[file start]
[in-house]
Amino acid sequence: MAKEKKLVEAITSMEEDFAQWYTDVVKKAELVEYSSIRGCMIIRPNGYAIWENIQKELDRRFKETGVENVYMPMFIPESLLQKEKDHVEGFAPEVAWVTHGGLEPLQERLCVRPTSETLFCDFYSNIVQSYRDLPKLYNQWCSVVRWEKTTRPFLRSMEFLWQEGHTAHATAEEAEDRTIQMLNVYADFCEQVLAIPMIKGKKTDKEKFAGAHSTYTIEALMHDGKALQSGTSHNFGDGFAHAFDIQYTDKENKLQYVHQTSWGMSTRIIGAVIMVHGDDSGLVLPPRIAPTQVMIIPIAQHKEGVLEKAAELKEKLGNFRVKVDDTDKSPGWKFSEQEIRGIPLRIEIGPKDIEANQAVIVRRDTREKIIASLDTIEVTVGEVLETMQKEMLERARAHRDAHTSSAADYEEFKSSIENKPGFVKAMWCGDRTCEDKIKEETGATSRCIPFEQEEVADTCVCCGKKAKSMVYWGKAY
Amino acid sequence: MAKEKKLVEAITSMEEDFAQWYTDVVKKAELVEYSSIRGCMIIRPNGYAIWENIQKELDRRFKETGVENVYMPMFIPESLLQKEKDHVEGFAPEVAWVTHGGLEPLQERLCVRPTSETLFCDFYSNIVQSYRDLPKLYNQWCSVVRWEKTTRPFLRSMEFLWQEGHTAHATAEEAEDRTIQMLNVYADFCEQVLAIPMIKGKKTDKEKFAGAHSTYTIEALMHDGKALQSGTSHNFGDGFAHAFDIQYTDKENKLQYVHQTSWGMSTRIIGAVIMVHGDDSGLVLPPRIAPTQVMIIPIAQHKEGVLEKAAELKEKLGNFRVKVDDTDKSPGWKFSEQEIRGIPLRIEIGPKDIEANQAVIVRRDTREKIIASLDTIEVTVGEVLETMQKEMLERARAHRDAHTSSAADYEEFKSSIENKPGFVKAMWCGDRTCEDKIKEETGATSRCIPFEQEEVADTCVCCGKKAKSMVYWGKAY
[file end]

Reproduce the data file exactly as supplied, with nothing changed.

[in-house]
Amino acid sequence: MAKEKKLVEAITSMEEDFAQWYTDVVKKAELVEYSSIRGCMIIRPNGYAIWENIQKELDRRFKETGVENVYMPMFIPESLLQKEKDHVEGFAPEVAWVTHGGLEPLQERLCVRPTSETLFCDFYSNIVQSYRDLPKLYNQWCSVVRWEKTTRPFLRSMEFLWQEGHTAHATAEEAEDRTIQMLNVYADFCEQVLAIPMIKGKKTDKEKFAGAHSTYTIEALMHDGKALQSGTSHNFGDGFAHAFDIQYTDKENKLQYVHQTSWGMSTRIIGAVIMVHGDDSGLVLPPRIAPTQVMIIPIAQHKEGVLEKAAELKEKLGNFRVKVDDTDKSPGWKFSEQEIRGIPLRIEIGPKDIEANQAVIVRRDTREKIIASLDTIEVTVGEVLETMQKEMLERARAHRDAHTSSAADYEEFKSSIENKPGFVKAMWCGDRTCEDKIKEETGATSRCIPFEQEEVADTCVCCGKKAKSMVYWGKAY
Amino acid sequence: MAKEKKLVEAITSMEEDFAQWYTDVVKKAELVEYSSIRGCMIIRPNGYAIWENIQKELDRRFKETGVENVYMPMFIPESLLQKEKDHVEGFAPEVAWVTHGGLEPLQERLCVRPTSETLFCDFYSNIVQSYRDLPKLYNQWCSVVRWEKTTRPFLRSMEFLWQEGHTAHATAEEAEDRTIQMLNVYADFCEQVLAIPMIKGKKTDKEKFAGAHSTYTIEALMHDGKALQSGTSHNFGDGFAHAFDIQYTDKENKLQYVHQTSWGMSTRIIGAVIMVHGDDSGLVLPPRIAPTQVMIIPIAQHKEGVLEKAAELKEKLGNFRVKVDDTDKSPGWKFSEQEIRGIPLRIEIGPKDIEANQAVIVRRDTREKIIASLDTIEVTVGEVLETMQKEMLERARAHRDAHTSSAADYEEFKSSIENKPGFVKAMWCGDRTCEDKIKEETGATSRCIPFEQEEVADTCVCCGKKAKSMVYWGKAY